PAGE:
# Diagonal Perturbations of Linear Equations

Consider the system of linear equations (A+D)x=b, where D is a positive semidefinite diagonal matrix. In my particular case of interest, D has the form D = blkdiag(0,M) for some positive diagonal matrix M. So, a subset of the diagonal entries of A are being perturbed.

Are there any off-the-shelf theorems that characterize how the components of the solution x change as the elements of D change? Assuming you don't lose full rank, intuitively as M increases in size, the bottom elements of x should shrink. Coupling through A should then also shrink the top elements a little bit.

Thanks -John

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Do we know anything about the matrix A? – Manos Nov 6 '12 at 21:26
It's full rank and indefinite, so for arbitrary D as I've written it, the matrix A+D is potentially singular. But let's say we restrict our attention to sufficiently small or large D such that this isn't a problem. – John Nov 6 '12 at 21:50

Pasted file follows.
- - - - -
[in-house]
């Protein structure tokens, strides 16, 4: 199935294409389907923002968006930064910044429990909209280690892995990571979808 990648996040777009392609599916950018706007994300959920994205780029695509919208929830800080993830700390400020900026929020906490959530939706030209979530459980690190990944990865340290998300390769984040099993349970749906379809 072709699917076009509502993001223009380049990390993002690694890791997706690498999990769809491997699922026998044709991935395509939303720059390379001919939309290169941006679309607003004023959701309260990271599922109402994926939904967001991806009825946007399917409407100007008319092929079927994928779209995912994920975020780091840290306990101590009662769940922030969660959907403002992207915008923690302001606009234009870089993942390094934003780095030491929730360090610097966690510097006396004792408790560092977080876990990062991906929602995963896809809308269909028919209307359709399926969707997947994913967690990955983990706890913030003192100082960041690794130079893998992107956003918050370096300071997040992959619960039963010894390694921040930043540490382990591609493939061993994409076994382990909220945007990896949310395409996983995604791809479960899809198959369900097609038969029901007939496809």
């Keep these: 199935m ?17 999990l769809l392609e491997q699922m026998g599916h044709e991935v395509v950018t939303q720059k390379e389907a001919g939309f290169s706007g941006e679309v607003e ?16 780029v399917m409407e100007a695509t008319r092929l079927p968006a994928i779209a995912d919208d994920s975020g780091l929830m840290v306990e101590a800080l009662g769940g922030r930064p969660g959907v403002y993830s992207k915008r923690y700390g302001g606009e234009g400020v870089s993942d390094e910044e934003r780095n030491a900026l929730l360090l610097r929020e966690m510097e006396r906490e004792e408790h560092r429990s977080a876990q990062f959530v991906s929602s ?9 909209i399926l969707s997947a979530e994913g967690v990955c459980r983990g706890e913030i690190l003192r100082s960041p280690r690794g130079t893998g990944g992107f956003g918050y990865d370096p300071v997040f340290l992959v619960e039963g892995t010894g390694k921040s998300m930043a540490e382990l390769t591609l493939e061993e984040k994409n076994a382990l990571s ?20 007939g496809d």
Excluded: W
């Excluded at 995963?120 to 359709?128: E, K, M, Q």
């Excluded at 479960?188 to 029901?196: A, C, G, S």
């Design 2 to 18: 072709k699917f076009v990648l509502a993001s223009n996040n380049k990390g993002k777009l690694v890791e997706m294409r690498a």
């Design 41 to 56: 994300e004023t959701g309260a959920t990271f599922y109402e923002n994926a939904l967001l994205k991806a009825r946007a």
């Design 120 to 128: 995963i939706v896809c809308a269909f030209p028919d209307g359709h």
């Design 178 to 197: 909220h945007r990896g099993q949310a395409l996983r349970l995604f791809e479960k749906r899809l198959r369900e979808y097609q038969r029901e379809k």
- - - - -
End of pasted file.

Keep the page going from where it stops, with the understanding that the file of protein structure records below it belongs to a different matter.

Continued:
On my bookshelf, there is a copy of Stewart and Sun, Matrix Perturbation Theory, Academic Press Inc., San Diego, 1990. By Theorem 2.11 (p.124), if your $D$ is small enough and $Ax=(A+D)\hat{x}=b$, then the relative difference between $\hat{x}$ and $x$ is bounded as follows: $$\frac{\|\hat{x}-x\|}{\|x\|}\le\frac{\kappa(A)\frac{\|D\|}{\|A\|}}{1-\kappa(A)\frac{\|D\|}{\|A\|}},$$ where $\kappa(A)$ is the condition number of $A$.
The above theorem deals with the overall relative or absolute change in $x$ rather than the change in any particular entry of $x$, so I am not sure if it suits your needs or not. At any rate, your intuition that the bottom elements of $x$ might shrink is wrong. For instance, consider the simple case where $A=\begin{pmatrix}1\\&-1\end{pmatrix},\ b=\begin{pmatrix}1\\-1\end{pmatrix},\ x=\begin{pmatrix}1\\1\end{pmatrix}$ and $D=\begin{pmatrix}0\\&\epsilon\end{pmatrix}$ with $\epsilon>0$. The solution to $(A+D)\hat{x}=b$, or equivalently, $\begin{pmatrix}1\\&-1+\epsilon\end{pmatrix}\hat{x} = \begin{pmatrix}1\\-1\end{pmatrix}$, is given by $\hat{x}=\begin{pmatrix}1\\ \frac{1}{1-\epsilon}\end{pmatrix}$. When $\epsilon$ increases, the bottom element of $x$ becomes larger, while the top element remains unchanged.